Advantages and Disadvantages of IoT
Roberto I. Belda explained it well in his article about IoT: Many smart devices like laptops, smart phones and tablets communicate with each other through the use of Wi-Fi internet technology. Transfer these technological capabilities into ordinary household gadgets like refrigerators, washing machines, microwave ovens, thermostat, door locks among others, equip these with their own computer chips, software and access to the Internet and a “smart home” now comes to life.
The Internet of Things can only work if these gadgets and devices start interacting with each other through a networked system. The AllSeen Alliance, a nonprofit organization devoted to the adoption of the Internet of Things, is facilitating to make sure that companies like Cisco, Sharp and Panasonic are manufacturing products compatible with a networked system and to ensure that these products can interact with each other.
The advantages of these highly networked and connected devices mean productive and enhanced quality of lives for people. For example, health monitoring can be rather easy with connected RX bottles and medicine cabinets. Doctors supervising patients can monitor their medicine intake as well as measure blood pressure, sugar levels and alert them when something goes wrong to their patients online.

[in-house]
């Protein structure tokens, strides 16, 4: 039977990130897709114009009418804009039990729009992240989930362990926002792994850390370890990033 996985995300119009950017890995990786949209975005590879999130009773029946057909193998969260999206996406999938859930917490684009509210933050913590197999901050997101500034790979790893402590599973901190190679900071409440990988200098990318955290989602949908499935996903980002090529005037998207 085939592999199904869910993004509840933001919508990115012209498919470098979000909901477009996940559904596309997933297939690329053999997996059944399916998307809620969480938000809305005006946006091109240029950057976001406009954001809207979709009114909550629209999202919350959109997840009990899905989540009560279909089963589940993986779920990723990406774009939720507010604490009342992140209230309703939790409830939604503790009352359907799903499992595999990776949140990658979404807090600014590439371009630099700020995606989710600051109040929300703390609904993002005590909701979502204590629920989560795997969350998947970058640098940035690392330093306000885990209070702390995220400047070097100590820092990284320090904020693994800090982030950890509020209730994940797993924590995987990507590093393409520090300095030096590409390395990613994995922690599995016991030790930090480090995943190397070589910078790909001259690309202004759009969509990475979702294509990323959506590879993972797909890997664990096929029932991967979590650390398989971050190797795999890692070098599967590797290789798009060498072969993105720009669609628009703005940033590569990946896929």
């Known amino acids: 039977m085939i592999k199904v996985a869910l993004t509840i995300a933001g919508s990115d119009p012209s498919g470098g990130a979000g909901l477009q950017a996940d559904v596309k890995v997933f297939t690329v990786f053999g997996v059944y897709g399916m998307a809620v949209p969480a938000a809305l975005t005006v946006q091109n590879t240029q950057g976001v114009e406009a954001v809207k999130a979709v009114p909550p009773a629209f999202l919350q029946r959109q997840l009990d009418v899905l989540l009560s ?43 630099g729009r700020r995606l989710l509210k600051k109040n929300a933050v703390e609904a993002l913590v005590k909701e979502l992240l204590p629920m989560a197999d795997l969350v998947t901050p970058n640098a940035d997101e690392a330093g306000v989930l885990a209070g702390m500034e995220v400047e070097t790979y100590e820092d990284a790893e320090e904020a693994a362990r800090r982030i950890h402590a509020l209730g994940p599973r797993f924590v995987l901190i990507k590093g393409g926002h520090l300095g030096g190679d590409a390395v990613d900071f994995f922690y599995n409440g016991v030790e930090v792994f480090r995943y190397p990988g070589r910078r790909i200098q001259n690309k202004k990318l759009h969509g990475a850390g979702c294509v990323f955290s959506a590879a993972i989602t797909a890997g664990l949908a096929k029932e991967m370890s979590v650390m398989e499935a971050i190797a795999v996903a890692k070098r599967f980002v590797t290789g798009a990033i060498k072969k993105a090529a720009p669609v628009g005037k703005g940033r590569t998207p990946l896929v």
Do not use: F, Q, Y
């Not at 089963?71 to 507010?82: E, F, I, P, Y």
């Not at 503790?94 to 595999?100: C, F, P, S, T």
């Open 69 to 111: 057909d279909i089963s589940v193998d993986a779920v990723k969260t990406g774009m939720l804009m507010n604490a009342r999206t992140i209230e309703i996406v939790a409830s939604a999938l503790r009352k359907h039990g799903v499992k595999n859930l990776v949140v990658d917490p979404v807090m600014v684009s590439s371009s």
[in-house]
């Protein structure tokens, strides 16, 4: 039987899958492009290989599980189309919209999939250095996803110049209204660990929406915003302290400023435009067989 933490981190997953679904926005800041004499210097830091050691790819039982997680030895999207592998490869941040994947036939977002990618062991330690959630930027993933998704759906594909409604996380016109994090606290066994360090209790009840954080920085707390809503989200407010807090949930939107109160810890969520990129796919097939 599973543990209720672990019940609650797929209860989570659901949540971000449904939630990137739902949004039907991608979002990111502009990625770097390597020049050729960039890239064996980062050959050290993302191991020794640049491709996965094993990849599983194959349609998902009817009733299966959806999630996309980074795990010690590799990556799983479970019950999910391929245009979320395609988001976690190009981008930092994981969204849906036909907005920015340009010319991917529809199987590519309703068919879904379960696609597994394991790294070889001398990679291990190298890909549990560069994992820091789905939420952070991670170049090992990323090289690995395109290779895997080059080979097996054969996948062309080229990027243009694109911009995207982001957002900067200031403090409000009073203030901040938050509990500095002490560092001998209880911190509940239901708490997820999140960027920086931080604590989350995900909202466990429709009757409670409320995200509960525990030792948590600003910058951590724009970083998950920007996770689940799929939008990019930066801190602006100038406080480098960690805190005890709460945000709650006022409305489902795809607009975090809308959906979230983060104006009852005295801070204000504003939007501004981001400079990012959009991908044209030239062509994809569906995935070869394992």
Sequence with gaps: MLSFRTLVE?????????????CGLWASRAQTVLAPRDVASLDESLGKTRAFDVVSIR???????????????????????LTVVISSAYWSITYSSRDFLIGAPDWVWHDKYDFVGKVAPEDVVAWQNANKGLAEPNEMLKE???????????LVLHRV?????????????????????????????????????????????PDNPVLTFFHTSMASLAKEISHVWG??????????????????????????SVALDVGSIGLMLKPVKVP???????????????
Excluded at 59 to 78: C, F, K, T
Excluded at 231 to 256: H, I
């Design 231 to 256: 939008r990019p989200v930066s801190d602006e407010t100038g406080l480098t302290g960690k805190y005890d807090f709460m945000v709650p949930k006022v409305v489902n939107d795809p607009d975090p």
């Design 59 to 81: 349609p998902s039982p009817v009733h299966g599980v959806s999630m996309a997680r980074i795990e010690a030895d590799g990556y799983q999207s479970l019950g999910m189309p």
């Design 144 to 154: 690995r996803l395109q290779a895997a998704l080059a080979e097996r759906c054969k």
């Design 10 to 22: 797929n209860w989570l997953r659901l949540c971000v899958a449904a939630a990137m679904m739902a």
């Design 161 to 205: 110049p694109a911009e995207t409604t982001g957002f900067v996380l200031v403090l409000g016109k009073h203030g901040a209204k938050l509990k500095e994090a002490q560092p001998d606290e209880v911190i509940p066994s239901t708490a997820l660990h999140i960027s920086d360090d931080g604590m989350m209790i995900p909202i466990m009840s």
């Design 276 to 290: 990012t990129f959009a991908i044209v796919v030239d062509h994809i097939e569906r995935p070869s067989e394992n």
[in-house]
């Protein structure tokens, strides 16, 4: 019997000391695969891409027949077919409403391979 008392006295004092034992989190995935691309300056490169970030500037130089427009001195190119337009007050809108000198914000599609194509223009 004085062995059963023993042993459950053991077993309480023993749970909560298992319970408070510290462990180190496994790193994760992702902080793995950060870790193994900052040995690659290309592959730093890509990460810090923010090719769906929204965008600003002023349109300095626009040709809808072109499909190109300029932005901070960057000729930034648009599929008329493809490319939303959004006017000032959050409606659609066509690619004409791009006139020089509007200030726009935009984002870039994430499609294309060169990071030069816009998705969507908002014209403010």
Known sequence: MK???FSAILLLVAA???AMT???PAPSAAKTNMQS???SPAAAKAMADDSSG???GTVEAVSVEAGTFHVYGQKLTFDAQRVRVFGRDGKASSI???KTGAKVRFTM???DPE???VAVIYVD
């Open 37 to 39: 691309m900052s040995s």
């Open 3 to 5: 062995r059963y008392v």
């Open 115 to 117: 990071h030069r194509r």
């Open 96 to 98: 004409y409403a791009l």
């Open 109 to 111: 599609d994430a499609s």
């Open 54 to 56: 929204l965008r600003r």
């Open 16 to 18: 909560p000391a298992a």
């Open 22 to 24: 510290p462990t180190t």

In the aspect of energy conservation, household appliances can suggest optimal setting based on the user’s energy consumption like turning the ideal temperature just before the owner arrives home as well as turning on and off the lights whenever the owner is out on vacation just to create the impression that somebody is still left inside the house to prevent burglars from attempting to enter.
Smart refrigerators, on the other hand, can suggest food supplies that are low on inventory and needs immediate replenishment. The suggestions are based on the user’s historical purchasing behavior and trends. Wearable technology are also part of this Internet of Things, where these devices can monitor sleeping patterns, workout measurements, sugar levels, blood pressure and connecting these data to the user’s social media accounts for tracking purposes.
The most important disadvantage of the Internet of Things is with regard to the privacy and security issue. Smart home devices have the ability to devour a lot of data and information about a user. These data can include personal schedules, shopping habits, medicine intake schedule and even location of the user at any given time. If these data fall into the wrong hands great harm and damage can be done to people.
The other disadvantage is the fact that most devices are not yet ready to communicate with another brand of devices. Specific products can only be networked with their fellow products under the same brand name. It is good that AllSeen Alliance is making sure connectivity happens but the reality of a “universal remote control” for all these devices and products is still in its infantile development.